Office of Open Records grants appeal [regarding: Police chief patronizing prostitutes, tampering with and fabricating evidence, obstruction of administration of the law or other governmental functions and official oppression.] By MONICA PRYTS Allied News Staff Writer Feb 11, 2017 The Pennsylvania Office of Open Records has ordered that Stoneboro officials release documents related to the borough’s former police chief. The borough has until March 4 to respond, according to the final determination issued Feb. 2 by Benjamin A. Lorah, appeals officer. The determination is in response to an appeal that Allied News filed Jan. 3 with the Office of Open Records seeking additional information from the borough about Tyler Valimont. The appeal was granted after OOR determined that the borough did not provide “any factual or legal support for denying access to responsive records.” The Right to Know Law places the burden of proof on the borough to demonstrate that a record is exempt from disclosure.
“Based on the borough’s failure to cite any exemption for withholding responsive records or provide any evidence that all responsive records were provided, the borough did not meet its burden of proof under the RTKL,” according to the final determination.
Allied News on Dec. 22 filed a Right to Know request with Stoneboro for documents on Valimont’s Aug. 2 firing, and Oct. 4 rehiring, resignation and settlement agreement with the borough. Laurie McLallen, the borough’s secretary, treasurer and Right to Know officer, provided a copy of the settlement agreement on Dec. 30. When asked about the other documents, she said that the borough’s solicitor, Douglas and Joseph, advised her to release only the settlement agreement.She directed Allied News to council meeting minutes posted on the borough’s website, but those provided no further details on Valimont’s termination, rehiring and resignation – other than the unanimous votes to approve those motions.
Stoneboro Mayor William Everall has said that Valimont was fired because he wasn’t a “good fit” for the borough.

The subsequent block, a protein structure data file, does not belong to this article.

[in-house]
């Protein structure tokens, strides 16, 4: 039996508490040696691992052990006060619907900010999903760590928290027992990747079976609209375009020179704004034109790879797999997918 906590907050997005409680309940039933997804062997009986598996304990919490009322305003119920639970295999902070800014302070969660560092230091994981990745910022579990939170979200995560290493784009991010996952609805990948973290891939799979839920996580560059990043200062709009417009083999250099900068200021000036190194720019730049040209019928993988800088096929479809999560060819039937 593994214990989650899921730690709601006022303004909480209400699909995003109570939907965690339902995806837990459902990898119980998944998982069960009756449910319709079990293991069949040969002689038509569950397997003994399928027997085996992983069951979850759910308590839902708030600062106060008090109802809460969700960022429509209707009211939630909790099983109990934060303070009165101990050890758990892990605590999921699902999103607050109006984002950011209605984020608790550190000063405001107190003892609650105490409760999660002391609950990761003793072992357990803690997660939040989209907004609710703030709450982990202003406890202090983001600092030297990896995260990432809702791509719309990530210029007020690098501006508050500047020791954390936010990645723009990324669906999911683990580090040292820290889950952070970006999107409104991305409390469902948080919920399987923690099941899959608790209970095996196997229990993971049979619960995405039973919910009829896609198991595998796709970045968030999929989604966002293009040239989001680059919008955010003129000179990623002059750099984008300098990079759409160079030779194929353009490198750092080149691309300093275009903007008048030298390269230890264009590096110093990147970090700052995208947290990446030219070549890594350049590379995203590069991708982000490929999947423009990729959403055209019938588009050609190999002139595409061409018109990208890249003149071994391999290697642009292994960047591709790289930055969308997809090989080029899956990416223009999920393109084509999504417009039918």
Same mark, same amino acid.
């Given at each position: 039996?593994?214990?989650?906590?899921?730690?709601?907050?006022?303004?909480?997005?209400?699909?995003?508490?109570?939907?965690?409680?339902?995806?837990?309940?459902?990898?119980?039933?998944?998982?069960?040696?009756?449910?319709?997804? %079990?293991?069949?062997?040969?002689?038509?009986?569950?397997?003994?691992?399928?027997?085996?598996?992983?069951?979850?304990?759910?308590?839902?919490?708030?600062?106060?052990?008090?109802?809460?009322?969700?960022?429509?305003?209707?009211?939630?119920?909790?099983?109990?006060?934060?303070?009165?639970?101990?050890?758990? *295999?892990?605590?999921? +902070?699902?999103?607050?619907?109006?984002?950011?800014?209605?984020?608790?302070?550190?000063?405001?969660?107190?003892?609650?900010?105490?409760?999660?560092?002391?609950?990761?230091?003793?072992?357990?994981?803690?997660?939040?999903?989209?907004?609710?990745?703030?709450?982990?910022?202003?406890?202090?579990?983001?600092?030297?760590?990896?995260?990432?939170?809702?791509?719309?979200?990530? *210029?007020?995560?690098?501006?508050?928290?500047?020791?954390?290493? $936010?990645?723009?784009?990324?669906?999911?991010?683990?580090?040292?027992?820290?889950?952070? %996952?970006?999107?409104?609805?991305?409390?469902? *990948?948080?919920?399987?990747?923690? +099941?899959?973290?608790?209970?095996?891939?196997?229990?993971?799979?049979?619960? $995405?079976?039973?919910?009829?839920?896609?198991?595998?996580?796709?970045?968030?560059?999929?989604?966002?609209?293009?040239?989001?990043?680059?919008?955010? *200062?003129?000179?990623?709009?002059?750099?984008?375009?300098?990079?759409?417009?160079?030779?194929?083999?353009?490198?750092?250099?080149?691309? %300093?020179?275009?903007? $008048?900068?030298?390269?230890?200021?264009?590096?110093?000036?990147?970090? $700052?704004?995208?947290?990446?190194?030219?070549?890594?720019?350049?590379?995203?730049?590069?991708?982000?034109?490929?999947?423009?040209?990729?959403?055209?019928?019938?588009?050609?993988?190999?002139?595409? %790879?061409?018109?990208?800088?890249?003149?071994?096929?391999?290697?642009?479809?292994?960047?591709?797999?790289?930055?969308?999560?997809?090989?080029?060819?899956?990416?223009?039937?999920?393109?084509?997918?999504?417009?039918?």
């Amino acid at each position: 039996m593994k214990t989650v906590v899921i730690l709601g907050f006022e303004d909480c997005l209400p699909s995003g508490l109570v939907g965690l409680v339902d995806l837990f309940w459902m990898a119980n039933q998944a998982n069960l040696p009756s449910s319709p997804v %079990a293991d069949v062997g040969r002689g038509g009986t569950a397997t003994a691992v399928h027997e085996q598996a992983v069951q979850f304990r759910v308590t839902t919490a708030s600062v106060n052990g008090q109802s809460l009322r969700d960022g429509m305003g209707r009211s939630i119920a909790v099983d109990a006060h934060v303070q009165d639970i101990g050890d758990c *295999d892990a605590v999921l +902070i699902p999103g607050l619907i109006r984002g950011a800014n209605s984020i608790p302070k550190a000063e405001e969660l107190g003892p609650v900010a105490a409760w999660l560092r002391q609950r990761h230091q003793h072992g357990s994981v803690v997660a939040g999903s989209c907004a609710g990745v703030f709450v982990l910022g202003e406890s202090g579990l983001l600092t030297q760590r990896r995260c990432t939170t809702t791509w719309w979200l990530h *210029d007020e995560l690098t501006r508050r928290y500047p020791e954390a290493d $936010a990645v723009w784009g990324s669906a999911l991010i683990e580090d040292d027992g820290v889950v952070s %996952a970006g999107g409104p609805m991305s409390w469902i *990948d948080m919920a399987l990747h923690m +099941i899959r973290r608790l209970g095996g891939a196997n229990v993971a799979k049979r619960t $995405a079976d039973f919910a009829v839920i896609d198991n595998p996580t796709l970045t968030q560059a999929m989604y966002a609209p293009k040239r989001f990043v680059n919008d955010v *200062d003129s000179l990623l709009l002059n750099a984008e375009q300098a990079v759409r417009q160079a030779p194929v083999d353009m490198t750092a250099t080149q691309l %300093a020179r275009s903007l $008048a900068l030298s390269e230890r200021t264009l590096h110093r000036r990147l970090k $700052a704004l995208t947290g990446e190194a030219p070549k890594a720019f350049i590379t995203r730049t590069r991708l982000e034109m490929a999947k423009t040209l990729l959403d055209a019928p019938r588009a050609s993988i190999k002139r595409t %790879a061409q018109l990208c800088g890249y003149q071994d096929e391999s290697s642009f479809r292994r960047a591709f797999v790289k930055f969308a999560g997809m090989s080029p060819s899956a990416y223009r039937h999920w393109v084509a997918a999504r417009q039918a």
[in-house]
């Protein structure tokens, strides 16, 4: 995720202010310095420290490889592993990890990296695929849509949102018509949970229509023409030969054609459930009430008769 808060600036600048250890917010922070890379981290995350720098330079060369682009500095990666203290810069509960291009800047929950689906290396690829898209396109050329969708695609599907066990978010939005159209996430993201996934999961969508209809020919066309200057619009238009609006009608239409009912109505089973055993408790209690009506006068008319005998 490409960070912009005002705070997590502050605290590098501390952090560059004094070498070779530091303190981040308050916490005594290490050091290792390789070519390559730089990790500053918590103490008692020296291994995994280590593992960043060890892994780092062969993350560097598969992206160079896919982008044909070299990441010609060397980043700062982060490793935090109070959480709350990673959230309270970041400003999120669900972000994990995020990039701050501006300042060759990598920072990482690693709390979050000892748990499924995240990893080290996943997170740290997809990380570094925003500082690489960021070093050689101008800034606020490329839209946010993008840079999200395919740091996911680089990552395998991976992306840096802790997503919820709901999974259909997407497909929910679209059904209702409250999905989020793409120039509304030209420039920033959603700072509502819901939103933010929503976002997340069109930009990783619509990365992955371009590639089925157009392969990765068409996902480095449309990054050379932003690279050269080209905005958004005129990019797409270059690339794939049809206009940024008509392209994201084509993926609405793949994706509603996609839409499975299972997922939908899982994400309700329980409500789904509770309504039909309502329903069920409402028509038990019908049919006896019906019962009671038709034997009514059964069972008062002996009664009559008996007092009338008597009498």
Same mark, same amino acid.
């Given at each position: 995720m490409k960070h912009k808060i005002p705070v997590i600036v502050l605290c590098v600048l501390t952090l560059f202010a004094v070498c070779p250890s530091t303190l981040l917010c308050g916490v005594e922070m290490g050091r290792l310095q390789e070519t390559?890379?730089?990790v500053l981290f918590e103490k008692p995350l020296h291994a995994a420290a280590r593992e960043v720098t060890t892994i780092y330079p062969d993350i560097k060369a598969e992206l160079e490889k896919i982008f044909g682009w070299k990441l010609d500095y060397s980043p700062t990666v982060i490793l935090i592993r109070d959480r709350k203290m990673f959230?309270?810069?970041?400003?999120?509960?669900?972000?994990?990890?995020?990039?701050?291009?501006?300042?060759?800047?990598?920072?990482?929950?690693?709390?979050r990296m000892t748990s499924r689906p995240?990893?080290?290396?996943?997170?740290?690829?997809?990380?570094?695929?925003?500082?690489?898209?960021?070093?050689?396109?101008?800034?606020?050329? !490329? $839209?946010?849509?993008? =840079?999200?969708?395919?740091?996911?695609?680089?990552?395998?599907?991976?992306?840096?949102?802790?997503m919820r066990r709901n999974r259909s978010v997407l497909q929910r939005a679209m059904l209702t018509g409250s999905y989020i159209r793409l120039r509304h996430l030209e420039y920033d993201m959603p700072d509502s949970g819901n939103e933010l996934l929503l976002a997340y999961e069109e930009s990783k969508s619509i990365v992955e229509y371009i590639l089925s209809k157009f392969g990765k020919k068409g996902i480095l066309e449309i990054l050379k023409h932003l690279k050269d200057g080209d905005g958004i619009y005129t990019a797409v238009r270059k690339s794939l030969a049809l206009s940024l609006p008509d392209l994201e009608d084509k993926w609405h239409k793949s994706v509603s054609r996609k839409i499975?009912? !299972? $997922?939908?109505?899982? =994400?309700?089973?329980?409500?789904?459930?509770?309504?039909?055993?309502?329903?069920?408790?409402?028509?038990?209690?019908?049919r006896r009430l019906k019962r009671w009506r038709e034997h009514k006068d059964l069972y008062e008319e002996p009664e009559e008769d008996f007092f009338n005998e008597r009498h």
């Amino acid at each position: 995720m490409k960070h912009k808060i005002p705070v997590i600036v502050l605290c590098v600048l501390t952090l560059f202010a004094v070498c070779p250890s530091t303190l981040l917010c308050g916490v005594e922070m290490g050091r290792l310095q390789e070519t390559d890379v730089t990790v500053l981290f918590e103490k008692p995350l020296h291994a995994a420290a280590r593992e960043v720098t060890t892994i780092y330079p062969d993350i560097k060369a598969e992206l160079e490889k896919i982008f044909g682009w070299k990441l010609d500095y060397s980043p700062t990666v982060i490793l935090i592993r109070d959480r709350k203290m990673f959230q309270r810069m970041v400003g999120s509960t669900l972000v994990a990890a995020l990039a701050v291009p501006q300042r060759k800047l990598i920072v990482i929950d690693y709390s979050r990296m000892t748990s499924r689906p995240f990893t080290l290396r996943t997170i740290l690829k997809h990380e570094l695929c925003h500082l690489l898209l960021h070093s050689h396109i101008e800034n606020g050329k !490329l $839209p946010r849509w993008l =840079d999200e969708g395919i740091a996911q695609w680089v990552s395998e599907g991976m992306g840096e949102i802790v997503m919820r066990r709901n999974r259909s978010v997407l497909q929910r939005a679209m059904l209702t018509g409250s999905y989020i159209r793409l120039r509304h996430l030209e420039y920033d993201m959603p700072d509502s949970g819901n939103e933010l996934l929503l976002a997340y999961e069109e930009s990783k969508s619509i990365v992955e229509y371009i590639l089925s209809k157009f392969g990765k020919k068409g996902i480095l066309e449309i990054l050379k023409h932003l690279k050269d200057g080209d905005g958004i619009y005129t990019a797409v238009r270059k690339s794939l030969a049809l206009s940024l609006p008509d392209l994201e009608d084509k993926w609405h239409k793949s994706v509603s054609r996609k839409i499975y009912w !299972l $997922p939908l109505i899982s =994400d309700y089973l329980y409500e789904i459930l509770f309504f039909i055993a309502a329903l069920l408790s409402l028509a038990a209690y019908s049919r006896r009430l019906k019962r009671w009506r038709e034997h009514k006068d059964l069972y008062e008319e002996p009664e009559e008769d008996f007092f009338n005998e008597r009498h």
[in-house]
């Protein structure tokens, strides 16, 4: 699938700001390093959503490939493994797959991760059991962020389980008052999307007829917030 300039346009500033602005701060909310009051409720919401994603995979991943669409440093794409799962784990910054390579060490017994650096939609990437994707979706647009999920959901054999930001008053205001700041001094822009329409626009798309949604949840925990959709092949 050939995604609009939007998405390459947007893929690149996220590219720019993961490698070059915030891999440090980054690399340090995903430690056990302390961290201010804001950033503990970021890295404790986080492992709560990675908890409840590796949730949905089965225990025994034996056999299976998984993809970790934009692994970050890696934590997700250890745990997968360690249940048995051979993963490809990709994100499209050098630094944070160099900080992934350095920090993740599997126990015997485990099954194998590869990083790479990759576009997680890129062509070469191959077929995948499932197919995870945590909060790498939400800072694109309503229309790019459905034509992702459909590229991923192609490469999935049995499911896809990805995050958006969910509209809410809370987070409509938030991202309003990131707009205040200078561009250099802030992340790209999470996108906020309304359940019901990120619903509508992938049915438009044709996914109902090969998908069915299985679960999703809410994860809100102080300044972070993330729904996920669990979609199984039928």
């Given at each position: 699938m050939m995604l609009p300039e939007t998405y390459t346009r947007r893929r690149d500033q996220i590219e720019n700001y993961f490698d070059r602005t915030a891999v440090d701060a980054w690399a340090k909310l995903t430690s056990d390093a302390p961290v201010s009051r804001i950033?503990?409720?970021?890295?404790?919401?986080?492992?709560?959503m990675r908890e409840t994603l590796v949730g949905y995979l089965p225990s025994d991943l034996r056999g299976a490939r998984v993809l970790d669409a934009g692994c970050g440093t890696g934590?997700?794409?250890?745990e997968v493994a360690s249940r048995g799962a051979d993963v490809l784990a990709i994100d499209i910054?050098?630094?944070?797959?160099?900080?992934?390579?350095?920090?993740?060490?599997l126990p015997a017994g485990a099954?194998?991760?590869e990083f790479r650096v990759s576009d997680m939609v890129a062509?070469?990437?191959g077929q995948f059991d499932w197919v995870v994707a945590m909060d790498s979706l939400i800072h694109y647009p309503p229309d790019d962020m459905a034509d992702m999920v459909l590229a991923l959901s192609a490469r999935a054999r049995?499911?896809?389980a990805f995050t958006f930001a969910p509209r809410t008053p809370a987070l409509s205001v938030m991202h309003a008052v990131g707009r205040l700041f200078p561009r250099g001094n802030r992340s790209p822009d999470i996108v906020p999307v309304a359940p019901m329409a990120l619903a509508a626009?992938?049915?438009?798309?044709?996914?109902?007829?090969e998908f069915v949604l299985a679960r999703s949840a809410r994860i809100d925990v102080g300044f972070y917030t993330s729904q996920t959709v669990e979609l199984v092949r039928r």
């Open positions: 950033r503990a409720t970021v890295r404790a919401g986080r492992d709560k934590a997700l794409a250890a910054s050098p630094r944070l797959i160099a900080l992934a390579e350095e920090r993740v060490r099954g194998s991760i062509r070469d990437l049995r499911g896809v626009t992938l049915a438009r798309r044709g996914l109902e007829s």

Melissa Melewsky, legal counsel with the Pennsylvania NewsMedia Association, has said that termination and resignation letters are public records under the Right to Know Law, but the reasons for termination or disciplinary actions can be redacted.
McLallen on Jan. 30 emailed a copy of Valimont’s resignation letter to Allied News. The one-sentence letter is dated Oct. 4 and is signed by Valimont, who addressed council and said he was writing to “respectfully resign” as police chief effective upon the adjournment of that evening’s council meeting.
The OOR acknowledges that records that do not exist cannot be produced, so they are not ordering the creation of records. If the borough provides a “sufficient evidentiary basis” that the records do not exist, the OOR will order disclosure. Either party – Allied News or Stoneboro – may appeal or petition for review to the Mercer County Court of Common Pleas during the 30-day response period.
Valimont, who was named police chief on Aug. 13. 2015, had also worked part-time for the Farrell police department. He was fired by the city on Dec. 16 – about 13 months after he was hired – for “conduct unbecoming of a Farrell police officer,” said City Manager Mike Ceci.That was followed by a state police investigation, which revealed that Valimont allegedly patronized a prostitute and tried to cover it up with a fake police report, according to The Herald. Valimont, 34, of 402 Indiana Ave., Farrell, was charged Jan. 19 with patronizing prostitutes, tampering with and fabricating evidence, obstruction of administration of the law or other governmental functions and official oppression.
The state Attorney General’s Office is prosecuting the case, which alleges:
• That Valimont met a 27-year-old woman behind a closed professional office during his overnight shift Nov. 7 into Nov. 8 when he was in full uniform and driving a marked Farrell cruiser.
• The meeting was cut short when another officer on routine patrol drove by. The woman claims that Valimont told her he had a year and a day to arrest her, and she better respond to his calls and text messages.
• Police obtained text messages exchanged between the two during Valimont’s overnight shift, and they were personal and sexual in nature. The woman said she responded because she was afraid Valimont would arrest her, and that he told her to delete the messages.
• When Valimont was asked to write up a report, he noted that he had been trying to obtain a confidential informant, but his report contained false information about his meeting with the woman, according to the state police investigation. The woman also said the Valimont paid her $8 for sex in September; state police found text messages that backed up her claim.
During Valimont’s time with Stoneboro, he solicited donations to train his dog, a German shepherd named Nakuma, as a police K-9. Borough officials had said they couldn’t afford the $2,500 to $3,000 needed for the dog’s training, but they would “hire” Nakuma after he was trained. Valimont collected donations via GoFundMe, raising $2,325 of his $3,000 goal in a few days, according to an article published by The Herald in July. The link for that account no longer works.
Allied News on Monday submitted a media inquiry to GoFundMe to determine what become of that fundraiser.
Also, there is a petition on change.org that appears to be inactive; it asks for support for a German shepherd named Sig to be trained by Valimont as a police K-9; it notes that Nakuma did not “make the cut” during training.